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Authors: Duane Swierczynski

Tags: #Fiction, #Thrillers, #General, #Noir

Severance Package

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This is a work of fiction. All of the characters, organizations, and events portrayed in this novel are either products of the author’s imagination or are used fictitiously.


. Copyright © 2008 by Duane Swierczynski. All rights reserved. Printed in the United States of America. No part of this book may be used or reproduced in any manner whatsoever without written permission except in the case of brief quotations embodied in critical articles or reviews. For information, address St. Martin’s Press, 175 Fifth Avenue, New York, N.Y. 10010.


Library of Congress Cataloging-in-Publication Data


Swierczynski, Duane.
Severance package / Duane Swierczynski.—1st St. Martin’s Minotaur ed.
   p. cm.
ISBN-13: 978-0-312-34380-4
ISBN-10: 0-312-34380-9
I. Title.

PS3619.W53S48 2007

813’.6—dc22                                                     2007026527

First Edition: June 2008


10  9  8  7  6  5  4  3  2  1




Pleasure doing business with you.

His name was Paul Lewis …

… and he didn’t know he had seven minutes to live.

When he opened his eyes, his wife was already in the shower. Their bedroom shared a wall with their bathroom. He could hear the water pelt the tile full-blast. Paul thought about her in there. Naked. Soapy. Suds gliding over her nipples. Maybe he should step into the shower, surprise her. He hadn’t brushed his teeth, but that was fine. They wouldn’t have to kiss.

Then he remembered Molly’s morning meeting. He glanced at the clock. 7:15. She had to be in early. So much for a reckless Saturday morning.

Paul sat up and ran his tongue around his mouth. Dry and pasty. He needed a Diet Coke, stat.

The central air had been running all night, so the living room was dark and cool. On top of the entertainment center sat the two DVDs they’d rented last night: two ultraviolent Bruce Willis thrillers. Surprisingly, they had been Molly’s idea. She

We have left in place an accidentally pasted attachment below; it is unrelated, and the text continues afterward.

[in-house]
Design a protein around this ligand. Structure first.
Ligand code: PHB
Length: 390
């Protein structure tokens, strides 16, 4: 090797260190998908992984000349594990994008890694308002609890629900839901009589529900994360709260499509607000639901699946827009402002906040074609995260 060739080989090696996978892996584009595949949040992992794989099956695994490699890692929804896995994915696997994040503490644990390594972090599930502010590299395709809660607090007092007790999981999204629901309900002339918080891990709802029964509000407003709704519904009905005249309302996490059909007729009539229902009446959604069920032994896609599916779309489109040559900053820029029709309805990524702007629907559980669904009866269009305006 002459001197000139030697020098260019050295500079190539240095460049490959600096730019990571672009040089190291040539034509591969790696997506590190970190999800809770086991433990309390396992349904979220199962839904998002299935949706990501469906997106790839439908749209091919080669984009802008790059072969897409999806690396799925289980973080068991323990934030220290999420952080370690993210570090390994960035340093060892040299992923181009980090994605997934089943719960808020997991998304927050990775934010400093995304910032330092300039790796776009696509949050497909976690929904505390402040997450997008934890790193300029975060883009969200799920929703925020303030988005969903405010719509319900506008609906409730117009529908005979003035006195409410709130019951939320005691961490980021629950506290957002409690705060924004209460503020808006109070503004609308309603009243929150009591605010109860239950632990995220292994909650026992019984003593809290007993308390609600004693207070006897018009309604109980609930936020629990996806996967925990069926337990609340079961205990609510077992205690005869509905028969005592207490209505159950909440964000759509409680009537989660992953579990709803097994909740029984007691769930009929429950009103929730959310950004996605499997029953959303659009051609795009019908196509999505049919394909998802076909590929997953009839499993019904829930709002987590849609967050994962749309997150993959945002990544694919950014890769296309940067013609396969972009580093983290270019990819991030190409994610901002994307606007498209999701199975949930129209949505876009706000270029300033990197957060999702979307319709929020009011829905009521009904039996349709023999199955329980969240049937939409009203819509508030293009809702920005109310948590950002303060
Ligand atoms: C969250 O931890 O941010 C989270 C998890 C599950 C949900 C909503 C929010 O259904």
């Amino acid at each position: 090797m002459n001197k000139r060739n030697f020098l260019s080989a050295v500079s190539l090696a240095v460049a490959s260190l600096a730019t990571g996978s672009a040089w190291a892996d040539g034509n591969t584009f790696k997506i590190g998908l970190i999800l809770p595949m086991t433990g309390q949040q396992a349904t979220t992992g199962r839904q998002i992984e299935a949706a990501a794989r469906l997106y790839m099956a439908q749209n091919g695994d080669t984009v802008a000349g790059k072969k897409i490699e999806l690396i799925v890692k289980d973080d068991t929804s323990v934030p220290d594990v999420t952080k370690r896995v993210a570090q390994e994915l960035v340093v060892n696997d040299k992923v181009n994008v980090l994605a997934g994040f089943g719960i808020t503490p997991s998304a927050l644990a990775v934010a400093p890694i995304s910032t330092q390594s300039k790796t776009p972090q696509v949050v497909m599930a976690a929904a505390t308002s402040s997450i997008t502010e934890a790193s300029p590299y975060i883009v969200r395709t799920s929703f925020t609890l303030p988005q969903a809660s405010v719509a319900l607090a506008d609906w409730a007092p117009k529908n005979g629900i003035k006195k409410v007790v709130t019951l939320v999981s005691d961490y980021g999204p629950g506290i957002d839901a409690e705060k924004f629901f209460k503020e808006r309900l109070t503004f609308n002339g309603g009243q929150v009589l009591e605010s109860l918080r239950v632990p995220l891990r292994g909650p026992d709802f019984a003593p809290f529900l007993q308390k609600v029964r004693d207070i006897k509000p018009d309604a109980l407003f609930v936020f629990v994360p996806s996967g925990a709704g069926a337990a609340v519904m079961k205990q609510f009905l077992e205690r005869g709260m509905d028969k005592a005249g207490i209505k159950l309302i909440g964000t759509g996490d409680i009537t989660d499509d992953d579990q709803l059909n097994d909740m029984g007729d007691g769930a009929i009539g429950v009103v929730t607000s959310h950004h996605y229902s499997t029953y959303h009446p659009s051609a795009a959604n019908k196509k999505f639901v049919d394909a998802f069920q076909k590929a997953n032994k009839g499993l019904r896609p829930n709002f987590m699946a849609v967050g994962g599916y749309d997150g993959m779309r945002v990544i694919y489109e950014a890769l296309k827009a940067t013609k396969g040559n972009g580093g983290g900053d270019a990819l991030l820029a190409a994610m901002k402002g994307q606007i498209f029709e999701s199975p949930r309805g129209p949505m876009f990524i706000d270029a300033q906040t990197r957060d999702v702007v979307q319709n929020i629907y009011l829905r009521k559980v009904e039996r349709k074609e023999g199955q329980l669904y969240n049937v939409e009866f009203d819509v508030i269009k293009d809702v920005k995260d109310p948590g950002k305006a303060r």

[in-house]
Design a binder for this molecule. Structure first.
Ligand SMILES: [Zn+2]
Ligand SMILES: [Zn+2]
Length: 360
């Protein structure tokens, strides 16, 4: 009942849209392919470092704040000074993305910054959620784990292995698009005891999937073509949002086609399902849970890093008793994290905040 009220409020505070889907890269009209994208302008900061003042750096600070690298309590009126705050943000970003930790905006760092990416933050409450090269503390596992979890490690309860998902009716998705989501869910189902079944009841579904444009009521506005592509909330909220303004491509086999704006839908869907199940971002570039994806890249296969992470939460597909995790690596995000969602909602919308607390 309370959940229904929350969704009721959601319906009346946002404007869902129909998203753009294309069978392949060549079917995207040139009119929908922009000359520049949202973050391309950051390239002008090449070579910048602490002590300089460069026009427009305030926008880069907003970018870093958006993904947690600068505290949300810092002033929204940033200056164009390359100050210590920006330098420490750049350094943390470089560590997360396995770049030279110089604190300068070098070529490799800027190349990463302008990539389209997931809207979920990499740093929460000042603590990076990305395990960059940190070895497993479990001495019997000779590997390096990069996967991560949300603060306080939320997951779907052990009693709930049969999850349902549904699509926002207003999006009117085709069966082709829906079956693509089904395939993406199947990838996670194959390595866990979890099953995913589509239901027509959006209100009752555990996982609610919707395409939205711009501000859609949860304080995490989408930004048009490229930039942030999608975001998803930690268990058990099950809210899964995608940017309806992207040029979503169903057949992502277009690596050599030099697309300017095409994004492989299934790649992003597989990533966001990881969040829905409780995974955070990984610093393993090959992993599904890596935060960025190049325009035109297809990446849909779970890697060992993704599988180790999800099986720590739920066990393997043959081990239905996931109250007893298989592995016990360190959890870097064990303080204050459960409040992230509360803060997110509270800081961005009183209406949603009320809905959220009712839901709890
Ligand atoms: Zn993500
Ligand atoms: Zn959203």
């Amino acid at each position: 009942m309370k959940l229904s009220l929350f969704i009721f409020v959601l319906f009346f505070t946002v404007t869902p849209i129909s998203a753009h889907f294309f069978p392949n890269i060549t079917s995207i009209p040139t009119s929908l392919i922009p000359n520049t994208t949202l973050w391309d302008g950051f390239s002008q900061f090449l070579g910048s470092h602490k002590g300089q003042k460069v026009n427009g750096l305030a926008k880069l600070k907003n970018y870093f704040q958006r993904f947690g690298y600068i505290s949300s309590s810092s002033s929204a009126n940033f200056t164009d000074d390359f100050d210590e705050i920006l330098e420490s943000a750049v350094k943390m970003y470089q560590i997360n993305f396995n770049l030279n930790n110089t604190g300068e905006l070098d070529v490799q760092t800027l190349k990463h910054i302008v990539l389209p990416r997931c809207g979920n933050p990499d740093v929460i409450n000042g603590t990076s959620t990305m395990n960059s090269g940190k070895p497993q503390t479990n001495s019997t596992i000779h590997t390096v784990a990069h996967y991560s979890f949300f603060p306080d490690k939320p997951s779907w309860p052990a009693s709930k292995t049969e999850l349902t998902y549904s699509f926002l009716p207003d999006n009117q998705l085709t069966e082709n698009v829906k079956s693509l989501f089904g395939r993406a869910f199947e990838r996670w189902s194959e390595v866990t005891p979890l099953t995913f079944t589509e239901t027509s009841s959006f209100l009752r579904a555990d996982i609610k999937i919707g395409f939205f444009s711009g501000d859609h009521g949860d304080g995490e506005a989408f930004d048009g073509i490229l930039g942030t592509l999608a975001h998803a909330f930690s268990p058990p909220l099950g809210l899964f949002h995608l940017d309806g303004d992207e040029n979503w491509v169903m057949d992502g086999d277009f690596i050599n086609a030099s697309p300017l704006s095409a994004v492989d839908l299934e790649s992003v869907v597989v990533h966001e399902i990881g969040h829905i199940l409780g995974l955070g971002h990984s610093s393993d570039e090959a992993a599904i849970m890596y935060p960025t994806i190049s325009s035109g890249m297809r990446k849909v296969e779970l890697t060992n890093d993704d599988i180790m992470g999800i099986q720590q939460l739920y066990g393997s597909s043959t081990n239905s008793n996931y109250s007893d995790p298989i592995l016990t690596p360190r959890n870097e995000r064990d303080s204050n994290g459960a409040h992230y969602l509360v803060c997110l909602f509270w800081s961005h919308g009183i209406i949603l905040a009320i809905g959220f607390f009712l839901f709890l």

usually didn’t like action movies. “But I have a crush on Bruce Willis,” she’d said sweetly. “Oh you do, do you?” Paul replied, smiling. “What’s he got that I don’t?” His wife ran her fingernails down his chest and said, “A broken nose.” That was the end of the DVD viewing for the evening, with about thirty minutes left to go on the first movie.

There were two boxes on the dining room table. One, Paul knew, was for Molly’s boss. What, the man couldn’t pick up his own mail? The second box was white cardboard and tied with string. Probably full of vanilla muffins or chocolate-filled cannoli, picked up from Reading Terminal Market on her way home last night. Molly was way too kind to those stuck-up jerks at the office, but Paul would never tell her different. That’s just who Molly was.

Paul turned the corner and walked into the kitchen. For a second, he was worried that he’d left the Chinese food containers on the counter, and their leftover fried rice and lo mein and Seven Stars Around the Moon had spoiled. But Molly had taken care of it. The white-and-red containers were neatly stacked on the fridge shelves, right below the row of Diet Cokes—he’d been on regular Coke until Molly had pointed out how much sugar he was drinking every morning—and above a white Tupperware container with a blue lid and yellow note taped to it:

Oh, baby.

Paul lifted the edge of the lid, and the sweet aroma hit him in an instant. Molly’s potato salad. His favorite.

She’s made him potato salad, just for today.

God, he loved his wife.

Paul had grown up in a large Polish family—before it was Lewis, it was Lewinski, and boy was Paul glad they changed that name fifty years ago—so he ate the requisite Polish foods. His grandmother Stell was famous for a decidedly non-Polish dish: